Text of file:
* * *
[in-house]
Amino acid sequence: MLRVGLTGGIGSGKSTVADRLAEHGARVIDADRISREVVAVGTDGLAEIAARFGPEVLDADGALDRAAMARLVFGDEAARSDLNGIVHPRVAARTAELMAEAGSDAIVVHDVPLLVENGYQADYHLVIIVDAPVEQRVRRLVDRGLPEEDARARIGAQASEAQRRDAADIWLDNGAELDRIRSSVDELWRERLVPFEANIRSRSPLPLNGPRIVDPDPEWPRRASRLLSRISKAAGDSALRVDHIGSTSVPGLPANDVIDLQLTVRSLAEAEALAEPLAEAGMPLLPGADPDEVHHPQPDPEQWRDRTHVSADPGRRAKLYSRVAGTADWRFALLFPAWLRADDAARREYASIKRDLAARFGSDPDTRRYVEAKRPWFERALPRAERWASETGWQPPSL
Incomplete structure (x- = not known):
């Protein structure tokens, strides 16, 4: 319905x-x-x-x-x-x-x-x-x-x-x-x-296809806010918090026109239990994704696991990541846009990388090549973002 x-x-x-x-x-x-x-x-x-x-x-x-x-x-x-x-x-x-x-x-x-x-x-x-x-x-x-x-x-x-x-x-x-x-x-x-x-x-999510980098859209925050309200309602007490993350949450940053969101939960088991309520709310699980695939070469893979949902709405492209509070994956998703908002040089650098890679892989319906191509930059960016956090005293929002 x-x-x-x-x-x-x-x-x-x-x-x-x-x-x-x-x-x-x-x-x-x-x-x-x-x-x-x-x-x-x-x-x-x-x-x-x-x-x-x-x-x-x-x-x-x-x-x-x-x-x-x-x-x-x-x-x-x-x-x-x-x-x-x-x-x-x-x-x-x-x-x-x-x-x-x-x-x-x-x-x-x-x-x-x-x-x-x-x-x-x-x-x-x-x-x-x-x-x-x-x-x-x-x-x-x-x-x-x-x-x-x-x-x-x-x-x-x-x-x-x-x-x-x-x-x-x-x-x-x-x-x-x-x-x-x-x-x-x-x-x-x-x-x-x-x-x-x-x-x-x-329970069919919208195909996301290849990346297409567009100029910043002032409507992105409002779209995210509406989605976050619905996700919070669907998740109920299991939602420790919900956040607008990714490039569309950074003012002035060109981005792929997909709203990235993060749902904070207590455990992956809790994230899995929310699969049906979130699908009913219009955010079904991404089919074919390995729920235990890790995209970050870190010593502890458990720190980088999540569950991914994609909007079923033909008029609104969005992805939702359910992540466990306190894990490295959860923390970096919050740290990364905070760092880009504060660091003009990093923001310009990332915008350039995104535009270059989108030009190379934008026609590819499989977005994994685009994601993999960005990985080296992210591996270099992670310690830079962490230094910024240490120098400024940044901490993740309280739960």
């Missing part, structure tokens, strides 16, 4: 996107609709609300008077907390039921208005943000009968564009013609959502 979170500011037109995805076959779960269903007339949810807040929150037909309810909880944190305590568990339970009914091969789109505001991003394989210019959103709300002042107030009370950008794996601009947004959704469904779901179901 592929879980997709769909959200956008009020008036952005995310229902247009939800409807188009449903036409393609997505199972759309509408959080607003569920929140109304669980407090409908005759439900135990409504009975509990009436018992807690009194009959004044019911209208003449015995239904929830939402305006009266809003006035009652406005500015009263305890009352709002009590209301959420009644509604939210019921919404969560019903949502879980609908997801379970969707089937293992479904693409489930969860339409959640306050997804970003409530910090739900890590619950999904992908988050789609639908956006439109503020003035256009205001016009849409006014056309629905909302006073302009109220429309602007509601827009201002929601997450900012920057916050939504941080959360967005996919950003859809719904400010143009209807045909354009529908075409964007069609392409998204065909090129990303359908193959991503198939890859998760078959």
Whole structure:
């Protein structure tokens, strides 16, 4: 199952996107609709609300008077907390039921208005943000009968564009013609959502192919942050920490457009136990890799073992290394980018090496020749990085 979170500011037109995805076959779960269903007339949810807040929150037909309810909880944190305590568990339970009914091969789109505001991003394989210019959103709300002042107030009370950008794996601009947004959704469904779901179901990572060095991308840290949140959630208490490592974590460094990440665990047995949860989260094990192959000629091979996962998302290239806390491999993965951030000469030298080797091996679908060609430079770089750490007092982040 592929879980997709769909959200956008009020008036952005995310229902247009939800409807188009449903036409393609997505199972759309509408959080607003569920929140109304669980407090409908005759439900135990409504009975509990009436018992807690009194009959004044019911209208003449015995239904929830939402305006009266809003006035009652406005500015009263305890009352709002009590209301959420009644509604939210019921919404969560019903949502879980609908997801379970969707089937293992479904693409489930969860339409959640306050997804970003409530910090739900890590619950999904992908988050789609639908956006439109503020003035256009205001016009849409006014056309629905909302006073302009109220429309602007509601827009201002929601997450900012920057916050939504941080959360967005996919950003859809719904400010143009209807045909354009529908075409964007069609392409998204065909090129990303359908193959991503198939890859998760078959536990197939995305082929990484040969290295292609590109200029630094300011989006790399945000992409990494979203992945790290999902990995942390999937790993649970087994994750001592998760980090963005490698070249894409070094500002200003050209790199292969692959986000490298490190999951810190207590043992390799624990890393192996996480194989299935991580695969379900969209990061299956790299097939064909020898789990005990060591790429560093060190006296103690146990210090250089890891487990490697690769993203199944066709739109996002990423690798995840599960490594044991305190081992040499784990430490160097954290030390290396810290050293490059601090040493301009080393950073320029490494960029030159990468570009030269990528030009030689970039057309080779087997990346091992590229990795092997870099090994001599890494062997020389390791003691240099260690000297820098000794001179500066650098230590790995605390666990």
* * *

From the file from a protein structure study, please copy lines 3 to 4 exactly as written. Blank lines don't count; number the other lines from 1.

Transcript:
Incomplete structure (x- = not known):
């Protein structure tokens, strides 16, 4: 319905x-x-x-x-x-x-x-x-x-x-x-x-296809806010918090026109239990994704696991990541846009990388090549973002 x-x-x-x-x-x-x-x-x-x-x-x-x-x-x-x-x-x-x-x-x-x-x-x-x-x-x-x-x-x-x-x-x-x-x-x-x-x-999510980098859209925050309200309602007490993350949450940053969101939960088991309520709310699980695939070469893979949902709405492209509070994956998703908002040089650098890679892989319906191509930059960016956090005293929002 x-x-x-x-x-x-x-x-x-x-x-x-x-x-x-x-x-x-x-x-x-x-x-x-x-x-x-x-x-x-x-x-x-x-x-x-x-x-x-x-x-x-x-x-x-x-x-x-x-x-x-x-x-x-x-x-x-x-x-x-x-x-x-x-x-x-x-x-x-x-x-x-x-x-x-x-x-x-x-x-x-x-x-x-x-x-x-x-x-x-x-x-x-x-x-x-x-x-x-x-x-x-x-x-x-x-x-x-x-x-x-x-x-x-x-x-x-x-x-x-x-x-x-x-x-x-x-x-x-x-x-x-x-x-x-x-x-x-x-x-x-x-x-x-x-x-x-x-x-x-x-329970069919919208195909996301290849990346297409567009100029910043002032409507992105409002779209995210509406989605976050619905996700919070669907998740109920299991939602420790919900956040607008990714490039569309950074003012002035060109981005792929997909709203990235993060749902904070207590455990992956809790994230899995929310699969049906979130699908009913219009955010079904991404089919074919390995729920235990890790995209970050870190010593502890458990720190980088999540569950991914994609909007079923033909008029609104969005992805939702359910992540466990306190894990490295959860923390970096919050740290990364905070760092880009504060660091003009990093923001310009990332915008350039995104535009270059989108030009190379934008026609590819499989977005994994685009994601993999960005990985080296992210591996270099992670310690830079962490230094910024240490120098400024940044901490993740309280739960």